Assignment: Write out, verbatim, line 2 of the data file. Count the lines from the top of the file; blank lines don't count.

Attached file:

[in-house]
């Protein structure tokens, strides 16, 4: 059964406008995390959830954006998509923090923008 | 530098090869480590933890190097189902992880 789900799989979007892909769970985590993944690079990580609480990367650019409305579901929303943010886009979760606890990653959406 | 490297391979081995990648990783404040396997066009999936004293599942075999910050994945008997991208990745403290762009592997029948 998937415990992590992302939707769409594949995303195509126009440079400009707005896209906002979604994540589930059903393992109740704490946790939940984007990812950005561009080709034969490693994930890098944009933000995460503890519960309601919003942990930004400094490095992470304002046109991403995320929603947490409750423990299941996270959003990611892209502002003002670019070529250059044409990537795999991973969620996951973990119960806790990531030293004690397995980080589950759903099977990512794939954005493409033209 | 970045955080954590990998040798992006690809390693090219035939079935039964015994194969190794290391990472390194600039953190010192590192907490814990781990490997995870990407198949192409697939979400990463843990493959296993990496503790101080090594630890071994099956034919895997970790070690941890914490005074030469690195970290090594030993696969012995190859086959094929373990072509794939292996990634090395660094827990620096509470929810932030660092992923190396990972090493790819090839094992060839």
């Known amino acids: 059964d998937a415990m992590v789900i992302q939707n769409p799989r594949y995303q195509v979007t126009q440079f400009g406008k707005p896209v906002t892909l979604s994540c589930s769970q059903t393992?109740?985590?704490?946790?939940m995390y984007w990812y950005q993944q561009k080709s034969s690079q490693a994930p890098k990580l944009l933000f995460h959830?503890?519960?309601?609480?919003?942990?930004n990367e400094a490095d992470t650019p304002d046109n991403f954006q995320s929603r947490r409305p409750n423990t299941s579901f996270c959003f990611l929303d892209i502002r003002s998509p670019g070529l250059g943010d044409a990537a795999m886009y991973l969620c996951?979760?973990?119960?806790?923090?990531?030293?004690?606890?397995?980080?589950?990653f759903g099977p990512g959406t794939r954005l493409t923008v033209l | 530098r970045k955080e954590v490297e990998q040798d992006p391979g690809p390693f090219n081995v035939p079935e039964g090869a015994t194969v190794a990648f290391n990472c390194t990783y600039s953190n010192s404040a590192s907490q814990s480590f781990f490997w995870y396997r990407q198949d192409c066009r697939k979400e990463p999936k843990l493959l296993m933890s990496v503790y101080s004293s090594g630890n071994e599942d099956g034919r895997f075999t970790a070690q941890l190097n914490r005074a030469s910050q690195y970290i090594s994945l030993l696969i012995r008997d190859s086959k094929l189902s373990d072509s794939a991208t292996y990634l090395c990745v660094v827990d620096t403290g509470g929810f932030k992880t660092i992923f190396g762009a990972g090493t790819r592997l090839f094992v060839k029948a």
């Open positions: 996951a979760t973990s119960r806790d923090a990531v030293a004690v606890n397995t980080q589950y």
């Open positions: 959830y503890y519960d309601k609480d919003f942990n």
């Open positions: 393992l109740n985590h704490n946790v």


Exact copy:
């Protein structure tokens, strides 16, 4: 059964406008995390959830954006998509923090923008 | 530098090869480590933890190097189902992880 789900799989979007892909769970985590993944690079990580609480990367650019409305579901929303943010886009979760606890990653959406 | 490297391979081995990648990783404040396997066009999936004293599942075999910050994945008997991208990745403290762009592997029948 998937415990992590992302939707769409594949995303195509126009440079400009707005896209906002979604994540589930059903393992109740704490946790939940984007990812950005561009080709034969490693994930890098944009933000995460503890519960309601919003942990930004400094490095992470304002046109991403995320929603947490409750423990299941996270959003990611892209502002003002670019070529250059044409990537795999991973969620996951973990119960806790990531030293004690397995980080589950759903099977990512794939954005493409033209 | 970045955080954590990998040798992006690809390693090219035939079935039964015994194969190794290391990472390194600039953190010192590192907490814990781990490997995870990407198949192409697939979400990463843990493959296993990496503790101080090594630890071994099956034919895997970790070690941890914490005074030469690195970290090594030993696969012995190859086959094929373990072509794939292996990634090395660094827990620096509470929810932030660092992923190396990972090493790819090839094992060839």